One of the most illuminating – and credible – analyses of the role sangomas and inyangas play in cash-in-transit heists comes from the research done by Dr Mahlogonolo Thobane. A central theme to emerge from her research is the important role played by traditional healers in the planning and preparation of cash-in-transit heists.
“It was the single most peculiar aspect of this research for me,” she says. “It really shocked me.”
When asked who else, besides their co-offenders, assisted them to commit robberies, almost 90% of the respondents mentioned sangomas.
“I obviously come from an African background myself, so I understand the role of traditional healers in the spiritual and cultural world of many South Africans, but the pervasiveness of enlisting the help of sangomas before a crime was surprising for me. I was blown away by the blind faith the criminals have in the power of sangomas – most interestingly, even after having been arrested.
“They have been caught. They are in prison and they still cling to an unshakeable belief in the protective role of the sangoma. Every single one of them, when asked why they thought they had been arrested, blamed themselves for not having followed the sangoma’s instructions properly.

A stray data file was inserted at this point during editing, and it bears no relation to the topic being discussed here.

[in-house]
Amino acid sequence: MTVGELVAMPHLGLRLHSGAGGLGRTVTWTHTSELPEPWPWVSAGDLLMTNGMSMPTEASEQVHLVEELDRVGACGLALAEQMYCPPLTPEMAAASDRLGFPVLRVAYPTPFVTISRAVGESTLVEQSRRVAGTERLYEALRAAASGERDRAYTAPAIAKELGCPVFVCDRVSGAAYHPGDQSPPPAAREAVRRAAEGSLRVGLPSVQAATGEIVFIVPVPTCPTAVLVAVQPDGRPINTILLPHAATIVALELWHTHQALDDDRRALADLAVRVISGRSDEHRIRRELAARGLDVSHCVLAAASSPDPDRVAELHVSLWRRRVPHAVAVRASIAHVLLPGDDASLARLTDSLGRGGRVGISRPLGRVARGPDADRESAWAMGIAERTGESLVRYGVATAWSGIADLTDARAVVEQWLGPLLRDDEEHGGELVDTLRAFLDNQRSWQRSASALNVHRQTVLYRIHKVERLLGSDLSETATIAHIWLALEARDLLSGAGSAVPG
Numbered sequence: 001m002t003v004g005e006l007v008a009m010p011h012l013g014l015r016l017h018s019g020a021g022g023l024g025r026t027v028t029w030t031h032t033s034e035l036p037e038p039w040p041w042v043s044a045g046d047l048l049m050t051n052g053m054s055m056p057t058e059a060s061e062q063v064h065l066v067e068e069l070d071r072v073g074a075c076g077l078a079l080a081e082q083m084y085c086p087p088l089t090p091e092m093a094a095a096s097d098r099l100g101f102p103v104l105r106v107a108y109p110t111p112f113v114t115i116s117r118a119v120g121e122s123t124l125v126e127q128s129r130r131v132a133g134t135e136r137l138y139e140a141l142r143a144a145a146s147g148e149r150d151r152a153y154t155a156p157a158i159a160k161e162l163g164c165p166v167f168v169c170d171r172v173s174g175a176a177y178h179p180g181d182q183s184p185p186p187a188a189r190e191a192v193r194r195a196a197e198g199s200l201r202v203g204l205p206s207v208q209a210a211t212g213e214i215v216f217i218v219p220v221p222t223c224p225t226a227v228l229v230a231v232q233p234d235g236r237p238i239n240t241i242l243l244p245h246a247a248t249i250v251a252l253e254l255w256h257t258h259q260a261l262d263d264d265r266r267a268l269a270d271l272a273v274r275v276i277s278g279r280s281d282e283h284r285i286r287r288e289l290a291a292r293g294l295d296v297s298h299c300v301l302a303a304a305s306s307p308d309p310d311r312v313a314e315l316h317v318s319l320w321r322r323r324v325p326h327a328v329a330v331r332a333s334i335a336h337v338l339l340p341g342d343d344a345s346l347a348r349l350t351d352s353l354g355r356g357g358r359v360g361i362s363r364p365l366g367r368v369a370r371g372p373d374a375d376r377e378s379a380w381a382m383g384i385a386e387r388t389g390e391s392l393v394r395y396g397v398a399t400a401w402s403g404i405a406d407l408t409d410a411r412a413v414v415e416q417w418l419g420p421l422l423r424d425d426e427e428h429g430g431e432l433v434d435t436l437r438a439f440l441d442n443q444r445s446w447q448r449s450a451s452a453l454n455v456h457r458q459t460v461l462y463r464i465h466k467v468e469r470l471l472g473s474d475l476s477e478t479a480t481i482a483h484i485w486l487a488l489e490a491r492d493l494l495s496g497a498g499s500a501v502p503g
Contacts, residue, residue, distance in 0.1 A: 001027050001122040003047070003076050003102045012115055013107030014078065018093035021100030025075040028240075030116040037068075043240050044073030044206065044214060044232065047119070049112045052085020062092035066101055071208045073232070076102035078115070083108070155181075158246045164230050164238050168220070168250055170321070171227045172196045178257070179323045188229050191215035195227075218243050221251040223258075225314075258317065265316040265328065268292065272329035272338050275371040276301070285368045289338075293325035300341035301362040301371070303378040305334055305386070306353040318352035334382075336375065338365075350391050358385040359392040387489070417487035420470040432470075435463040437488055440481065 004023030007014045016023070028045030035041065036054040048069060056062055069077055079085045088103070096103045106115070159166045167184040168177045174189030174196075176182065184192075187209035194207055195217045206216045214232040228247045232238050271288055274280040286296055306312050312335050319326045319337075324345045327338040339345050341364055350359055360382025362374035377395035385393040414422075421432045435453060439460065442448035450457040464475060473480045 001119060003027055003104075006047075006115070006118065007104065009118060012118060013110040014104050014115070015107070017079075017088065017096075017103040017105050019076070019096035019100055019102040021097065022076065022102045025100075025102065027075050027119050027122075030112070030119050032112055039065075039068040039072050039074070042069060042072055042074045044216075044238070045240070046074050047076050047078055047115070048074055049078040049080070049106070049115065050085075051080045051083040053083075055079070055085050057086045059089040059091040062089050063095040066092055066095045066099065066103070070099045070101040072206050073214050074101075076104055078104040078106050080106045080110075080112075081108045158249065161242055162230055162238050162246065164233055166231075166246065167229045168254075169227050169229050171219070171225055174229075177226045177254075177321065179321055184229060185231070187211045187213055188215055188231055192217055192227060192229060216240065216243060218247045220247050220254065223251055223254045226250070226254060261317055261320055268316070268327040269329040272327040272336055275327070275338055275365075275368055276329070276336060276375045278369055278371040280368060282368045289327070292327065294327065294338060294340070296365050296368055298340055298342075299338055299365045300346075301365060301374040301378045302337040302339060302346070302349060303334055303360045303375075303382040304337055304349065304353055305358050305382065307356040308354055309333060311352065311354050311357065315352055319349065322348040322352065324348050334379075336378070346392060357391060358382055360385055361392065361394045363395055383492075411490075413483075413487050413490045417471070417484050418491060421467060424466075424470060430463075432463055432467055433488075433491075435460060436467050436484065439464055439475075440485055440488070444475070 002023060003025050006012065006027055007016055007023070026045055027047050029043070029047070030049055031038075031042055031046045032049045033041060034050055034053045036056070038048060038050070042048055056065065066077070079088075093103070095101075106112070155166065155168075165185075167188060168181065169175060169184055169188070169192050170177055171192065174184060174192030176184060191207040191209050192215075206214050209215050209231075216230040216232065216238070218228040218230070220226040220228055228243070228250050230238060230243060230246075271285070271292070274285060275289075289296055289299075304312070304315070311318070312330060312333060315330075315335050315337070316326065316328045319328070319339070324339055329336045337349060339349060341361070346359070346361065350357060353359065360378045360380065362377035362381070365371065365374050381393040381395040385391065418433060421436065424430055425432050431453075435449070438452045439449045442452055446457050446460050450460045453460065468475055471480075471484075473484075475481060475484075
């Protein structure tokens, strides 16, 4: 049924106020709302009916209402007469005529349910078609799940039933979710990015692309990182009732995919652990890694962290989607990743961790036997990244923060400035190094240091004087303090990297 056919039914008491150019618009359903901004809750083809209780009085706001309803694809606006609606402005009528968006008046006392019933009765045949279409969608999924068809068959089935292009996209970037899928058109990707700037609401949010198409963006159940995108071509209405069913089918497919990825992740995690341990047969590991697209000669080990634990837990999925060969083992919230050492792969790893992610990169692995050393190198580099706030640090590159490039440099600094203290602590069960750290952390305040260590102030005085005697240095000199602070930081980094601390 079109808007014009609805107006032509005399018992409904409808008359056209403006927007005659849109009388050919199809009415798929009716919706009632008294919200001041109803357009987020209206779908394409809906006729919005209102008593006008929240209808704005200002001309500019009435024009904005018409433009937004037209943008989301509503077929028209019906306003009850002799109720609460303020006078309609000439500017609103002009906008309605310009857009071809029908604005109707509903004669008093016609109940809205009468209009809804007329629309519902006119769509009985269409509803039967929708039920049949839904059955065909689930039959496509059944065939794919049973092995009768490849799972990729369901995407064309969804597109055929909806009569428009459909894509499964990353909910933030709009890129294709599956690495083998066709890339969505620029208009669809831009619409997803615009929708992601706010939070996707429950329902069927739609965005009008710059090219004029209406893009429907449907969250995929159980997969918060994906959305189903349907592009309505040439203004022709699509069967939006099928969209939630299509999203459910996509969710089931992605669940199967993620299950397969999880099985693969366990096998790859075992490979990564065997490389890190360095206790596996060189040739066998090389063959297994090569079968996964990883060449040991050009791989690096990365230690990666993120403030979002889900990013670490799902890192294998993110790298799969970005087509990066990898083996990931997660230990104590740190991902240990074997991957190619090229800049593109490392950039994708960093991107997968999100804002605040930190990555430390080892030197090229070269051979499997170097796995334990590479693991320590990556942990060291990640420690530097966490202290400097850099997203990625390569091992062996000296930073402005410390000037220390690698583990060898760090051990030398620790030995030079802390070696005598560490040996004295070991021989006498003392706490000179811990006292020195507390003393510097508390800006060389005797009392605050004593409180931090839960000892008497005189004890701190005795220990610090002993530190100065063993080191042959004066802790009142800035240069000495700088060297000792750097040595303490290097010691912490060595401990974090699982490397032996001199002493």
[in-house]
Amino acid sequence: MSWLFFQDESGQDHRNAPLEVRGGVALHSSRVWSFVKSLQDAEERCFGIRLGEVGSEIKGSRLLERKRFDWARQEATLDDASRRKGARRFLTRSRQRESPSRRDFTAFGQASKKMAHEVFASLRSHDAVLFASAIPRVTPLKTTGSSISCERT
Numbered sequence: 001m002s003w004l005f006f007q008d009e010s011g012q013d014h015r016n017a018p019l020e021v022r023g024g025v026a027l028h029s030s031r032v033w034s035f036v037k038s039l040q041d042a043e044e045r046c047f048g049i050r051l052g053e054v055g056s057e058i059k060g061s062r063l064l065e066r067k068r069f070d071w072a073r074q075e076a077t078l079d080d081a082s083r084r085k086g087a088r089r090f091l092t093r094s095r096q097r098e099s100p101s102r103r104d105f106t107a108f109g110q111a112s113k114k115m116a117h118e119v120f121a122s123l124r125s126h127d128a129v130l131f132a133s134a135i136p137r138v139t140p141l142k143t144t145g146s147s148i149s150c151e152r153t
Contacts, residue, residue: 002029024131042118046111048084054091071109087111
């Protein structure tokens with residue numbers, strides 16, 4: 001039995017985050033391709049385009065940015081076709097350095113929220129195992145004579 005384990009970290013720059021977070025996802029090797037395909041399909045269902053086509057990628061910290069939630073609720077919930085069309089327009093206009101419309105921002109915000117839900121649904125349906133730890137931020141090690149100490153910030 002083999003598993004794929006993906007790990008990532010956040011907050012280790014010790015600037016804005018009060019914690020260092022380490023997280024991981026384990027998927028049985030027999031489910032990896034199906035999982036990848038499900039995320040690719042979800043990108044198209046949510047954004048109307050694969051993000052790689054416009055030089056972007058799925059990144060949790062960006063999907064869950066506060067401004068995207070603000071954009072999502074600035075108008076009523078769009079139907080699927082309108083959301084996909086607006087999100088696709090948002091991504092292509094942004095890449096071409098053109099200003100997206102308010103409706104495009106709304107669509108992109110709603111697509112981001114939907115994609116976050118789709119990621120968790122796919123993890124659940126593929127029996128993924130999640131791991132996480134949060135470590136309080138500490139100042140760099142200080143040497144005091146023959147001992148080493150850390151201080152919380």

"One respondent explained how he (had) neutralised the powers of the muti by not executing instructions to the letter. His group had been given a human penis. He had been instructed to clench the penis from the moment the robbery started until they were all in the clear.
"The squeezing of the penis was supposed to suppress and counteract the effectiveness of the police. When they had successfully executed the robbery and had escaped the police, he decided to swop hands. They were arrested a few kilometres down the road. He was convinced that this misfortune was as a result of his having let go of the body part too early.”
While this is the only reference to the use of human body parts in all of her research, the story provides a vivid insight into the inviolate belief that many robbers hold in the mystical powers of the muti they are given.